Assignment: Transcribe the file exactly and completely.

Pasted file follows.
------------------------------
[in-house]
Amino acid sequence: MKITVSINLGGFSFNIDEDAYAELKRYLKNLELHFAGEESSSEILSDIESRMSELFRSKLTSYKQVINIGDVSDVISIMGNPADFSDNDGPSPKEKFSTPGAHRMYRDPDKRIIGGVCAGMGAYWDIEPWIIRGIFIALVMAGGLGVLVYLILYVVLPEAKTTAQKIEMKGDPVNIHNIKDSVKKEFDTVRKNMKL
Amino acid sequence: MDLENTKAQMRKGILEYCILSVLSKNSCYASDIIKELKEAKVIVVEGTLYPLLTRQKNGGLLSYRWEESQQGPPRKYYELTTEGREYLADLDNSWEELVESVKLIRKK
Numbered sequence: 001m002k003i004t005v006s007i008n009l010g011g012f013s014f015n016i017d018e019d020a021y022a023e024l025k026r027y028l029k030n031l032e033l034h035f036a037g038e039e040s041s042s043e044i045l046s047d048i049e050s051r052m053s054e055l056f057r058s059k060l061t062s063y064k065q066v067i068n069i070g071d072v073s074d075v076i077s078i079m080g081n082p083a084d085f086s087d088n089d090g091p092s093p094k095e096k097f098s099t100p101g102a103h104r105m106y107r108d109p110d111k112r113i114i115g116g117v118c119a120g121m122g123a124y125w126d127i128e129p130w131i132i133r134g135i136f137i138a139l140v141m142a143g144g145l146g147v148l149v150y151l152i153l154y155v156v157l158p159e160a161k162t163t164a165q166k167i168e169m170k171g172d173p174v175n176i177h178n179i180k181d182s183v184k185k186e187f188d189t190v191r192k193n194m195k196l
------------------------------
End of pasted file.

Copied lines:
[in-house]
Amino acid sequence: MKITVSINLGGFSFNIDEDAYAELKRYLKNLELHFAGEESSSEILSDIESRMSELFRSKLTSYKQVINIGDVSDVISIMGNPADFSDNDGPSPKEKFSTPGAHRMYRDPDKRIIGGVCAGMGAYWDIEPWIIRGIFIALVMAGGLGVLVYLILYVVLPEAKTTAQKIEMKGDPVNIHNIKDSVKKEFDTVRKNMKL
Amino acid sequence: MDLENTKAQMRKGILEYCILSVLSKNSCYASDIIKELKEAKVIVVEGTLYPLLTRQKNGGLLSYRWEESQQGPPRKYYELTTEGREYLADLDNSWEELVESVKLIRKK
Numbered sequence: 001m002k003i004t005v006s007i008n009l010g011g012f013s014f015n016i017d018e019d020a021y022a023e024l025k026r027y028l029k030n031l032e033l034h035f036a037g038e039e040s041s042s043e044i045l046s047d048i049e050s051r052m053s054e055l056f057r058s059k060l061t062s063y064k065q066v067i068n069i070g071d072v073s074d075v076i077s078i079m080g081n082p083a084d085f086s087d088n089d090g091p092s093p094k095e096k097f098s099t100p101g102a103h104r105m106y107r108d109p110d111k112r113i114i115g116g117v118c119a120g121m122g123a124y125w126d127i128e129p130w131i132i133r134g135i136f137i138a139l140v141m142a143g144g145l146g147v148l149v150y151l152i153l154y155v156v157l158p159e160a161k162t163t164a165q166k167i168e169m170k171g172d173p174v175n176i177h178n179i180k181d182s183v184k185k186e187f188d189t190v191r192k193n194m195k196l